Monday, August 3, 2015

Getting Real {Pre-Op Palate Repair}

I've tried to remain as much in denial as I possibly could, for as long as I possibly could, about the rapid rate at which we are arriving to the date set for Hannah's palate repair.  I hate this for her.  The pain, the drugs, the night terrors, the recovery, the trauma, the fear....all of it.  I hate that she is facing this.  But, I am also so glad.  I am eager to put it behind us, get on with recovery, and have surgery in our rear view mirror for some time (until the next one in a few years....).  This is likely going to be by far the worst of all the surgeries she will face in her lifetime related to her cleft.  We want to protect her from it, but we know the benefit far outweighs the period of misery we will all face.  We cannot wait to get rolling with speech therapy and hear all her current language start to burst forth with more clarity and less frustration from being misunderstood.

Today things got real.  My denial ended.  I got my first of two pre-op telephone calls from the hospital.  It is really happening.  We are really moving forward.  Today's call was the pre-operative anesthesia telephone call and review of her previous surgical experience and planning ahead for this one.  We feel confident we have advocated for her needs and made every effort possible to reduce the chances for new trauma to emerge.

I've had a lot of people recently ask me for details about this particular surgery and what it will accomplish.  This surgery, like her previous one in April, is going to work at closing her cleft.  Last time we addressed the cleft in her lip.  This time we will address the cleft in her palate (both hard and soft palate).  We are hopeful there will be no complications and the cleft will be successfully closed.  This will not close the opening in her gum line.  This opening will be closed at a later date with an additional surgery and will involve bone grafting.
As you can see inside her mouth, her cleft is wide and there is very little palate.  At the end of the procedure on Friday, this should be closed completely.

We are told to prepare for this to be a challenging recovery.  She will be on a restricted diet for several weeks until the palate has time to heal and the risk of fistula (a hole that can form in the newly repaired palate) has diminished.  Most families who have walked this road before us have told us to be prepared for about 3 weeks before she really begins to come around to acting and feeling more like herself.

Some things for you to pray about for us in the coming days:
  • Pray for Dr. L to be well rested, full of energy and focus, and for his skilled hands to be able to have a fistula free complete closure.
  • Pray for the anesthesia team to be understanding of Hannah's needs and allow us back to see her prior to her waking.  We have requested the same team from her lip repair, but we won't know for certain if that is going to happen until we get there Friday morning.
  • Pray for Hannah to be calm, feel peaceful, and rest easily as she recovers.  Pray she experiences little trauma and few setbacks in her attachment to us.  Pray she is ready (and eager) to eat or drink when the time comes.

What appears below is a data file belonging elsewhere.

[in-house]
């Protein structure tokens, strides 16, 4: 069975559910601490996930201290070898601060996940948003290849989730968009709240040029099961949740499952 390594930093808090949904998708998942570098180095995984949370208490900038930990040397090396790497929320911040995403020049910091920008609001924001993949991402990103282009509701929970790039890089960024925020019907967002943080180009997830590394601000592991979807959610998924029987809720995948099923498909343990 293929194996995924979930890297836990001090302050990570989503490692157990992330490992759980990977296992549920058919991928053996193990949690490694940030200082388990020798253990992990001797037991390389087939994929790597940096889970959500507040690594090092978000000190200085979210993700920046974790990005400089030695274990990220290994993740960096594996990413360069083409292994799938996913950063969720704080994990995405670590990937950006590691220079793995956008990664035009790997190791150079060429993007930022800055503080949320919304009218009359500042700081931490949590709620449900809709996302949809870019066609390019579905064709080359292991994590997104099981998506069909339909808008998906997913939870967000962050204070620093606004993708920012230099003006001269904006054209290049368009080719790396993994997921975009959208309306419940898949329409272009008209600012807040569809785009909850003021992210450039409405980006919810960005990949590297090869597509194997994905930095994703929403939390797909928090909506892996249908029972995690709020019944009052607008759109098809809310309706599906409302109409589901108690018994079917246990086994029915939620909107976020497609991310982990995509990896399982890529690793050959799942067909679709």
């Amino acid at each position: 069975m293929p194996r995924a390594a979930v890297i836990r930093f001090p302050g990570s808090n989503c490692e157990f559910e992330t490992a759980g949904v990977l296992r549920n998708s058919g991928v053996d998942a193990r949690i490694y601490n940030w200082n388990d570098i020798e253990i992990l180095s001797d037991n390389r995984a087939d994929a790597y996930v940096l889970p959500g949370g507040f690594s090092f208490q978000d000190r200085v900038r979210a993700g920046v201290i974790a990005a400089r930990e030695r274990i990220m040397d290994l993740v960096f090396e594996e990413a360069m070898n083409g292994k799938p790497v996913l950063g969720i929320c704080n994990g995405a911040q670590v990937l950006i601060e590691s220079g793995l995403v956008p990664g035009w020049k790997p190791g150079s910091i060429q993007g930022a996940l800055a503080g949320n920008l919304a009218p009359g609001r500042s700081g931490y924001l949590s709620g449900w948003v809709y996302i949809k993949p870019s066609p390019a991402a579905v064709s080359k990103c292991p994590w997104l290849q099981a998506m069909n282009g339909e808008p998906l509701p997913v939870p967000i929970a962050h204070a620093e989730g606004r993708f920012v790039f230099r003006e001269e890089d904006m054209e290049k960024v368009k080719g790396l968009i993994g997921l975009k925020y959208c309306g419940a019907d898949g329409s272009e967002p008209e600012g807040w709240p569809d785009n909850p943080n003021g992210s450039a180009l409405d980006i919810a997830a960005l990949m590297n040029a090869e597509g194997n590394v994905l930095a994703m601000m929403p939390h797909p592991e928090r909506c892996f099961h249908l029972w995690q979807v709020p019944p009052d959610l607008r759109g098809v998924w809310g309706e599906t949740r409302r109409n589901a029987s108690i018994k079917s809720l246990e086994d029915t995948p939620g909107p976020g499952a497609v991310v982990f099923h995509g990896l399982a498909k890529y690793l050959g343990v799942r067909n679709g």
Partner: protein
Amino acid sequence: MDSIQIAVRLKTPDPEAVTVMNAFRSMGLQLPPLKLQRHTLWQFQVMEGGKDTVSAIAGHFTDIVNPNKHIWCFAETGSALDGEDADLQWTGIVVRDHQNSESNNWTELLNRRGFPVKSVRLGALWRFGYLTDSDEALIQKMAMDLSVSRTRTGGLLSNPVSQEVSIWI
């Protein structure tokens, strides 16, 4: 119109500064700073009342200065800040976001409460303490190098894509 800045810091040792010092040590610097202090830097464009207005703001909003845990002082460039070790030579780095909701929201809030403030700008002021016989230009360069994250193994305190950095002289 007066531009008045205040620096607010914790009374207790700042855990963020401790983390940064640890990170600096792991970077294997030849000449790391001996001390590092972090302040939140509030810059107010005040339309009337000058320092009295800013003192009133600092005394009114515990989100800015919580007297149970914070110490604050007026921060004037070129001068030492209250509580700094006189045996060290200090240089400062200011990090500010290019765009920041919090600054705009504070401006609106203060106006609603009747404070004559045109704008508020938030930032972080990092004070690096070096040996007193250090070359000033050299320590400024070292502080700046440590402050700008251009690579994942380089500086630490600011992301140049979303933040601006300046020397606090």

• Pray for Chris and I to understand all that the doctors and nurses tell us, that we are able to be strong advocates for her, and that we will have the stamina we need to get through this with Hannah.
  • Pray for all the nurses we will interact with--we are again asking to be able to boldly share the gospel with them through Hannah's adoption story.  Pray that they are attentive, helpful, loving, and kind with our baby girl.
  • Pray for our big kids, as they will be away from us during this time--for a safe visit at Grandmama's house and for the grandparents to have the energy they need to keep up with all three of them.
  • Pray for a smooth and hopefully short hospital stay.  We know we will stay at least one night, but a large part of our release will depend on Hannah's ability (and willingness) to eat and take fluids with her brand new mouth.  We know she will recover better at home.
  • Pray that pain management is successful and that we are perhaps able to locate a drug that will minimize the night terrors she experienced earlier this spring.
How is Hannah handling all this?  She's a brave girl.  She mentions it almost daily now and tells us the story of how it will all go.  She says we will go to the hospital and she will bring her lovie with her.  She'll take a big, wonderful sleep at the hospital and when she wakes up, she is able to point and tell us what will be different in her mouth.  She tells us that Mama and Daddy will be there with her the whole time.  She is a smart girl and braver than anyone I've ever met.  I'm so glad I get to be her Mama.

We thank you for praying us through on Friday.  Chris and I will be celebrating our 11th wedding anniversary that day.  I am certain that when we said "I do" eleven years ago, we never could have imagined we'd be spending our anniversary in the hospital with our fourth child undergoing a rather significant surgery.  God has been so gracious to us these past 11 years and we are so thankful we are honored to be there by her side that day.  We hope to update as we are able once we are post-op!

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